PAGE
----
So, that said, how does your shop or plant add materials, mechanisms or information to its Web site(s)? This is important. Because your online visitors—internal or external, customer or prospect—become more familiar with your online layout with each visit. They learn where to look for the right thing when they need it. Adding product or process information to your Web site without a plan can confuse your customers. And that’s not good.

Familiarity and comfort within a Web site is often as effective as the amount or even quality of info found there.

Give your site’s categorization—and what your visitors will see—some thought before you add new info or features. Remember: If your visitors can’t find the right info at the right time, they (and you) can lose.

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Job Shop Site Of The Month

Speaking of comfortable Web sites, check this out. I first wrote of Polcraft (www.polcraft.com) in this column “way back” in ’98. Just as then, the company has kept its site's format simple but effective. Job shops should take note of Polcraft’s focus on its own strengths and how it delivers on them: EDM, turning, milling and surface grinding are represented by the equipment, personnel and past experiences they bring to each process. Also noteworthy is that this site was created and is maintained completely in-house.

Want your shop considered for Job Shop Site of the Month? Send your site's URL to otw@mmsonline.com with OTW Site Of The Month in the subject line.

EDM, CAD/CAM & Cutting Tools Get The MMS Treatment

February '00 finds MMS focusing its formidable metalworking forces on three very special machine tool topics. And MMS Online plays a role in support of each that you’ll wanna to check out:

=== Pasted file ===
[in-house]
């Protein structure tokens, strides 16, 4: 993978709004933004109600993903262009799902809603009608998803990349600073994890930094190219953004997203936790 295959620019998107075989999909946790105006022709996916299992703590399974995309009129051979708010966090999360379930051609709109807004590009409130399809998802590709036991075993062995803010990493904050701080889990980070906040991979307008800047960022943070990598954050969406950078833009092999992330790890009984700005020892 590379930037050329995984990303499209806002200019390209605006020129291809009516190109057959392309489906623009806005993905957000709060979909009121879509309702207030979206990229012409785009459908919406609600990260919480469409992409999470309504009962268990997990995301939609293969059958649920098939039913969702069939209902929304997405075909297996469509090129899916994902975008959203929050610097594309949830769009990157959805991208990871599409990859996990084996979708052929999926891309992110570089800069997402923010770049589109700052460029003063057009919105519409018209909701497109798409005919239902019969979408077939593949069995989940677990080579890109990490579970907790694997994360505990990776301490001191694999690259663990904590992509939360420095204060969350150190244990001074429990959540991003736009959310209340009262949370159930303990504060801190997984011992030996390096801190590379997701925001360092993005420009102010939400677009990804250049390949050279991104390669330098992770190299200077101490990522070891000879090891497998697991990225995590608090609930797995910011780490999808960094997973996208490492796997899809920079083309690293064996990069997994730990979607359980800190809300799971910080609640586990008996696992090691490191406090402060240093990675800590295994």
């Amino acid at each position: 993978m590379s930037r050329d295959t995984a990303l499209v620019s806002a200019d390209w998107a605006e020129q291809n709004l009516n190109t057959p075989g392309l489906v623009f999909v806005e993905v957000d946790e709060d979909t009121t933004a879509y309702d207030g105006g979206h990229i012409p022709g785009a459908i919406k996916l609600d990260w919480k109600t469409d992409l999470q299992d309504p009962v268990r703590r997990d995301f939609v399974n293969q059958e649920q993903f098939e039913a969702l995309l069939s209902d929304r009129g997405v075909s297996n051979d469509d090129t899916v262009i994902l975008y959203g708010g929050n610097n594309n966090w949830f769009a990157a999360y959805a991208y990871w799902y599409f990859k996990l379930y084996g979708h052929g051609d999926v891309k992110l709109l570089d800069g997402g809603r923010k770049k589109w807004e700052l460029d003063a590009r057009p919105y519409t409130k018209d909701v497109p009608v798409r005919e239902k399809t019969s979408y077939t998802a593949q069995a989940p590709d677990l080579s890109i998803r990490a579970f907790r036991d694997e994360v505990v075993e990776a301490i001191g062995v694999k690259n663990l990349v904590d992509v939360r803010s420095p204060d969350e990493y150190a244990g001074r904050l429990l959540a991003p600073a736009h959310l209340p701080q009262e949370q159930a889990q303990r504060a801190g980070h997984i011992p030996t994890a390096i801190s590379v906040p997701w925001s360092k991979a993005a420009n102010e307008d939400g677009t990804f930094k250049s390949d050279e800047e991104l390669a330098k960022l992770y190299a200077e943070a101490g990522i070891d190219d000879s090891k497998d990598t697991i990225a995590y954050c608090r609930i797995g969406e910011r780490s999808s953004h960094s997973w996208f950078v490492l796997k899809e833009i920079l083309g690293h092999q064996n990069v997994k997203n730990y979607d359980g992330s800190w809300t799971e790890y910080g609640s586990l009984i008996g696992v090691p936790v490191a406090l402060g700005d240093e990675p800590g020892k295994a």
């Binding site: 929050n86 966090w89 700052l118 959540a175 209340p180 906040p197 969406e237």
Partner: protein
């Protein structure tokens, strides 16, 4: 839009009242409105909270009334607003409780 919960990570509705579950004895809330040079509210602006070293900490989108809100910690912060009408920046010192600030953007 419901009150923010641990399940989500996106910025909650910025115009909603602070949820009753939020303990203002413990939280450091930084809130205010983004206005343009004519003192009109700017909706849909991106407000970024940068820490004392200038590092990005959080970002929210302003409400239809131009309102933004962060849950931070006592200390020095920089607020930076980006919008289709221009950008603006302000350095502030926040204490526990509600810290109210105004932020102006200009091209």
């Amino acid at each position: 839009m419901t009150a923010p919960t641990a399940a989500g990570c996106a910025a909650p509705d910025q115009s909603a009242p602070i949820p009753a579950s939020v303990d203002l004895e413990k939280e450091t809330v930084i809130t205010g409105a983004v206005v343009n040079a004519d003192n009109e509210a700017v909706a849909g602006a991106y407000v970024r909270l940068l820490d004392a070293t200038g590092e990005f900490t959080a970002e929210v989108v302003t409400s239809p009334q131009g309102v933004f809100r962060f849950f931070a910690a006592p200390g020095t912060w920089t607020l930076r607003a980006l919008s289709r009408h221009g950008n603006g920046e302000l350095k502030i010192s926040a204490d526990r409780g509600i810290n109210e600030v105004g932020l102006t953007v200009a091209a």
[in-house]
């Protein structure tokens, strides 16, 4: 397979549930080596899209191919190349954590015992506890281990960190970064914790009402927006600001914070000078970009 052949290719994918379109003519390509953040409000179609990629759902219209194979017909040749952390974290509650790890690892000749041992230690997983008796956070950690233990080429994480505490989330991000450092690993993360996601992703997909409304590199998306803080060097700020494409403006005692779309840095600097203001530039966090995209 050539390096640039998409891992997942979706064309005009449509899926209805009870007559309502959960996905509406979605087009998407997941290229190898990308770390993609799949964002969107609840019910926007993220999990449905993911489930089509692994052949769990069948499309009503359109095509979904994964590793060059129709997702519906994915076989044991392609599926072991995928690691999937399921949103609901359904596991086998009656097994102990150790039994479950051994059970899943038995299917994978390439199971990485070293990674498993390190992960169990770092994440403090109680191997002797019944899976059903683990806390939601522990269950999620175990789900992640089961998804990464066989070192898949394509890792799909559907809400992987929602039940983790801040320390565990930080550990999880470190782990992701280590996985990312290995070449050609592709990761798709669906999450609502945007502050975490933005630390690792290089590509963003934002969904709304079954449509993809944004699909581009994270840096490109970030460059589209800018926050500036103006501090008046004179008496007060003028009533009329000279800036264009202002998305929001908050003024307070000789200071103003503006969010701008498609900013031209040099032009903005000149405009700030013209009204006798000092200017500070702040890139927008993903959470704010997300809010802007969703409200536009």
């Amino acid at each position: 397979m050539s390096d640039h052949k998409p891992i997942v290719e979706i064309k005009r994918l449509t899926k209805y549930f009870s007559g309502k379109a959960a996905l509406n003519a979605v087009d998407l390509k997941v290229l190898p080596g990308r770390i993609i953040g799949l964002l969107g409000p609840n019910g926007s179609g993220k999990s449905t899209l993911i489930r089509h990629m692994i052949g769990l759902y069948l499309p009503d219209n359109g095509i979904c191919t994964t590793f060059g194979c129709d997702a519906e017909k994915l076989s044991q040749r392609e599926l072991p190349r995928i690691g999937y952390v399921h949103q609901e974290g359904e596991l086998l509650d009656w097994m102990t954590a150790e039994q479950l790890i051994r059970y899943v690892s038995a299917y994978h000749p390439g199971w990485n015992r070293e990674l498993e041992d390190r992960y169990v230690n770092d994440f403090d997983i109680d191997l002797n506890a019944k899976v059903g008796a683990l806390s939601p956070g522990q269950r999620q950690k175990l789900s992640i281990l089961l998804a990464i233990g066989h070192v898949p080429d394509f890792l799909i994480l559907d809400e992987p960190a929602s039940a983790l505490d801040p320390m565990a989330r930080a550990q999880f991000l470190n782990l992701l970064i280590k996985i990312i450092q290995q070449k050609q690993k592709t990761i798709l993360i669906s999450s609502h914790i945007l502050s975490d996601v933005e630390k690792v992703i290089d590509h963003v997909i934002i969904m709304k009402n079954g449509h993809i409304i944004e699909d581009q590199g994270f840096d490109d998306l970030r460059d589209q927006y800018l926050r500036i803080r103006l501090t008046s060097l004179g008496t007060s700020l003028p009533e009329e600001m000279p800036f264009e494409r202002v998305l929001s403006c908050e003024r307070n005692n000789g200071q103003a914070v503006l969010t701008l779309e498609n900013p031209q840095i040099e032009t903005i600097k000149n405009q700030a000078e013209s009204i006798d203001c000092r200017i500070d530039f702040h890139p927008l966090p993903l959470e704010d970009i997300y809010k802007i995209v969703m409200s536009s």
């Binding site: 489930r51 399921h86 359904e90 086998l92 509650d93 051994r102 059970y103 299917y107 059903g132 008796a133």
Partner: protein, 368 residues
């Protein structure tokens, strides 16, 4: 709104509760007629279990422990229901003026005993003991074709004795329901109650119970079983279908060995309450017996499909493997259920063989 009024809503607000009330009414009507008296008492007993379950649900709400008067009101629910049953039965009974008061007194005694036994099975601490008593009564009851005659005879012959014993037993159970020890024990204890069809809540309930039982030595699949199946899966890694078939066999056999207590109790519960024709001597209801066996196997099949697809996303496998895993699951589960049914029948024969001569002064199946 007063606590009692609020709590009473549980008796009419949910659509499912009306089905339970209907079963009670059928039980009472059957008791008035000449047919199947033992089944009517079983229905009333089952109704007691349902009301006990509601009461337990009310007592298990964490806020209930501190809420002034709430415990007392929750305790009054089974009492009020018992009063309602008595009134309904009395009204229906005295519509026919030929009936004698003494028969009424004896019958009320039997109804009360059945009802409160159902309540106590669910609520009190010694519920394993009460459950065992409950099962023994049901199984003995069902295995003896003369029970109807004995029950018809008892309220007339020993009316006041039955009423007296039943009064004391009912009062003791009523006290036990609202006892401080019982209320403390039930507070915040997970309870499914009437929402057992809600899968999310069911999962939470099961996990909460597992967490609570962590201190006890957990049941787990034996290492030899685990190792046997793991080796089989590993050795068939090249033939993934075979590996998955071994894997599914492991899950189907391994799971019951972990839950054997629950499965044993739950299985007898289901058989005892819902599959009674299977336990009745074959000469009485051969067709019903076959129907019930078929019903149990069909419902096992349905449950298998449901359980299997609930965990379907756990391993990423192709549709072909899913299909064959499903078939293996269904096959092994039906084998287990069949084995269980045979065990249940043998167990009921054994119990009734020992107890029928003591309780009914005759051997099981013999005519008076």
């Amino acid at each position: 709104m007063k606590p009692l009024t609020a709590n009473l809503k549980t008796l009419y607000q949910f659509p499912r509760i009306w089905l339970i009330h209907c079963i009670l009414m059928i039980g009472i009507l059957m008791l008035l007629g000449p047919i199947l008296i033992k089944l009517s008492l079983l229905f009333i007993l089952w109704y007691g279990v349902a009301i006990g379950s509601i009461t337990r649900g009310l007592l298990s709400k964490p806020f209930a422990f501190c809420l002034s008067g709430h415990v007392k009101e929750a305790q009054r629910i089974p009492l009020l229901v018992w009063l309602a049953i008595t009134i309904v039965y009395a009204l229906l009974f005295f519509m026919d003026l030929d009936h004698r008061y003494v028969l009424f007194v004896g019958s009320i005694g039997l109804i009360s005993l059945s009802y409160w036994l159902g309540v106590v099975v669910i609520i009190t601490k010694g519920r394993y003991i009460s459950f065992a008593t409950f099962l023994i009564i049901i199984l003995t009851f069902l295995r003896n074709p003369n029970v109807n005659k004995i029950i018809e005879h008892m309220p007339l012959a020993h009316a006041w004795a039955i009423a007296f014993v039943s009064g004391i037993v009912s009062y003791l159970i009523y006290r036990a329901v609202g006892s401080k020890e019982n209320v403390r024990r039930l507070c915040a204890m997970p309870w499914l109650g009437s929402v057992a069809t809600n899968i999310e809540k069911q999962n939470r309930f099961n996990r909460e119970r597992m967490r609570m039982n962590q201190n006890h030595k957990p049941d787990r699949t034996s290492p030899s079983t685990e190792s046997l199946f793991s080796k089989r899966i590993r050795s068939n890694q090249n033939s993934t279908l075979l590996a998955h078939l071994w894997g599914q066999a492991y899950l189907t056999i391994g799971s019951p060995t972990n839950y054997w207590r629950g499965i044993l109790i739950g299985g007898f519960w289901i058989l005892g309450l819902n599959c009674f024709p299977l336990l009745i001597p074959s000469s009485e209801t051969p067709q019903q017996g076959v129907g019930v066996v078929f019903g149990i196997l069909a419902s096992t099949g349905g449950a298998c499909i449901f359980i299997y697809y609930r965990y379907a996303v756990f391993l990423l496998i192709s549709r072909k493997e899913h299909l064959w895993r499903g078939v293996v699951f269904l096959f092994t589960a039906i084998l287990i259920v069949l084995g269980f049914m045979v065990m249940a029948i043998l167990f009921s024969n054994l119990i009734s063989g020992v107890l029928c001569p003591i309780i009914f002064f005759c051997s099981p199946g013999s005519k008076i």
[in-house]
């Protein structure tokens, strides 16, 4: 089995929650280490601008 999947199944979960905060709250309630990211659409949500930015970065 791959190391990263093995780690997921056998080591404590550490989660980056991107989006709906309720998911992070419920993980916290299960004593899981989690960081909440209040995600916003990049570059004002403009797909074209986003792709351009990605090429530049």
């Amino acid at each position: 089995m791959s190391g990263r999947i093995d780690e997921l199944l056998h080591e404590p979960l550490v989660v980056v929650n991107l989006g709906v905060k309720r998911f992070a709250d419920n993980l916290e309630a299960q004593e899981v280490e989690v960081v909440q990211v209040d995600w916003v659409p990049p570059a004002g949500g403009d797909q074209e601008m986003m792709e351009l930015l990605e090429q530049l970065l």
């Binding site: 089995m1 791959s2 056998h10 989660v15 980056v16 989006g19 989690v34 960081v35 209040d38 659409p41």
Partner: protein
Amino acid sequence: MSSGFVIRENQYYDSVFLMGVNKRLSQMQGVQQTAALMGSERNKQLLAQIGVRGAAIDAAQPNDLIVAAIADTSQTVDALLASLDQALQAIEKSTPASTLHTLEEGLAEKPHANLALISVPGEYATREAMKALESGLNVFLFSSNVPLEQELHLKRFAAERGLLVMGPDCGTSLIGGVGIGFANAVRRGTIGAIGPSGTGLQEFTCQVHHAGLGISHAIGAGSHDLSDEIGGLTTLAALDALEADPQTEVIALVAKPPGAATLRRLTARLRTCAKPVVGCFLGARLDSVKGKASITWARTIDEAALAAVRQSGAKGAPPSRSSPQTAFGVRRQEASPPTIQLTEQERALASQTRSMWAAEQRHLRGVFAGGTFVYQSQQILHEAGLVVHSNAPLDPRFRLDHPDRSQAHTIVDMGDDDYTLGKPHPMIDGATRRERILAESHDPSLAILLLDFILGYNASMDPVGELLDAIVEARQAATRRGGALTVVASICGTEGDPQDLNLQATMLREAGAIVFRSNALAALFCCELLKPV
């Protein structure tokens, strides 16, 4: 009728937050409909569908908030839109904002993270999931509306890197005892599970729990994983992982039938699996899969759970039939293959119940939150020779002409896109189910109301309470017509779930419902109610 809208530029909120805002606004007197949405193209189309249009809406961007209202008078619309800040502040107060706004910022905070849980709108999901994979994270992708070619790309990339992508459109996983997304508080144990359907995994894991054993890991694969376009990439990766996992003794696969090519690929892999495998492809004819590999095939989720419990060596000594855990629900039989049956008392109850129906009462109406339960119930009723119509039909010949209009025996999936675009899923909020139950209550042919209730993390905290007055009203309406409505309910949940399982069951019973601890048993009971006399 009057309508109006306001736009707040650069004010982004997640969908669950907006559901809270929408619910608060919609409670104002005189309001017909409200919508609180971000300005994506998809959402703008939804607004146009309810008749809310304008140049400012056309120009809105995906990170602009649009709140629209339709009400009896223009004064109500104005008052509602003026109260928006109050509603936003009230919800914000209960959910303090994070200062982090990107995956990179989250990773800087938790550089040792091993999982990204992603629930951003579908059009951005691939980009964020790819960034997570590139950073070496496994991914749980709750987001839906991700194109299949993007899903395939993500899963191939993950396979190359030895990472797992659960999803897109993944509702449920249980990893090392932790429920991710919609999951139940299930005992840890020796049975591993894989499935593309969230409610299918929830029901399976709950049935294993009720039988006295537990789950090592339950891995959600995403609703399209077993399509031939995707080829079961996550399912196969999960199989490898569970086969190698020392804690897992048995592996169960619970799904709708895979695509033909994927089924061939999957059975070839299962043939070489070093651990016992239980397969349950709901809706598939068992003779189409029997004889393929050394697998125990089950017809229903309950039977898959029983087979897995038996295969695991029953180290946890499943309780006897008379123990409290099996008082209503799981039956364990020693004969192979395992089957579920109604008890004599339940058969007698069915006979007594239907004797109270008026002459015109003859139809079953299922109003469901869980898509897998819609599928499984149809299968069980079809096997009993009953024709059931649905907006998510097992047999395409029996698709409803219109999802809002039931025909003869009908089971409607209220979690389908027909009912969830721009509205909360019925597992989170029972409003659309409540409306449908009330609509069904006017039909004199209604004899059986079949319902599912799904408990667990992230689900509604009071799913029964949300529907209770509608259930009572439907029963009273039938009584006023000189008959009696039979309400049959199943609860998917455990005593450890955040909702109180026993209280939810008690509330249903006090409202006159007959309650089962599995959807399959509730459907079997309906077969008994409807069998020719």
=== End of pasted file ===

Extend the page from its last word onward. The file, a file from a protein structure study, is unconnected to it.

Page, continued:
• EDM is well supported by the MMS' EDM Zone, where you’ll find technical articles, products, EDM-focused suppliers, and more. Included in our EDM coverage are the technical articles Trends In EDM and The Case For Additve Technology In EDM.
  • CAD/CAM can be found in abundance in our Software Zone. While there, check out the CAD/CAM Selector. Enter your criteria for a CAD/CAM package in the selector, and you get a list of only those packages and suppliers that match your needs. Still looking for the right software? Then look no further than the Software Products section. You'll find hundreds there. And, of course, the Software Zone's got the Web's best collection of CAD/CAM technology and applications information.
  • Cutting Tools rounds out our coverage this month, and the Cutting Tools Zone gives you a lot more than search engines and databases; you’ll find an exhaustive collection of compelling tooling applications and studies from the MMS staff, all categorized by shopfloor applicability. And February's Tech Digest rounds out the best coverage of Cutting Tools anywhere.

Up Next Month: In March '00, MODERN MACHINE SHOP will feature Measurement & Quality as its Emphasis, and Five-Axis Machining as the Spotlight topic. And don't over look MMS' first Tech Digest focusing on Automatic Machining.

To get MODERN MACHINE SHOP magazine, metalworking's uppermost of the toppermost, visit our Subscription Page.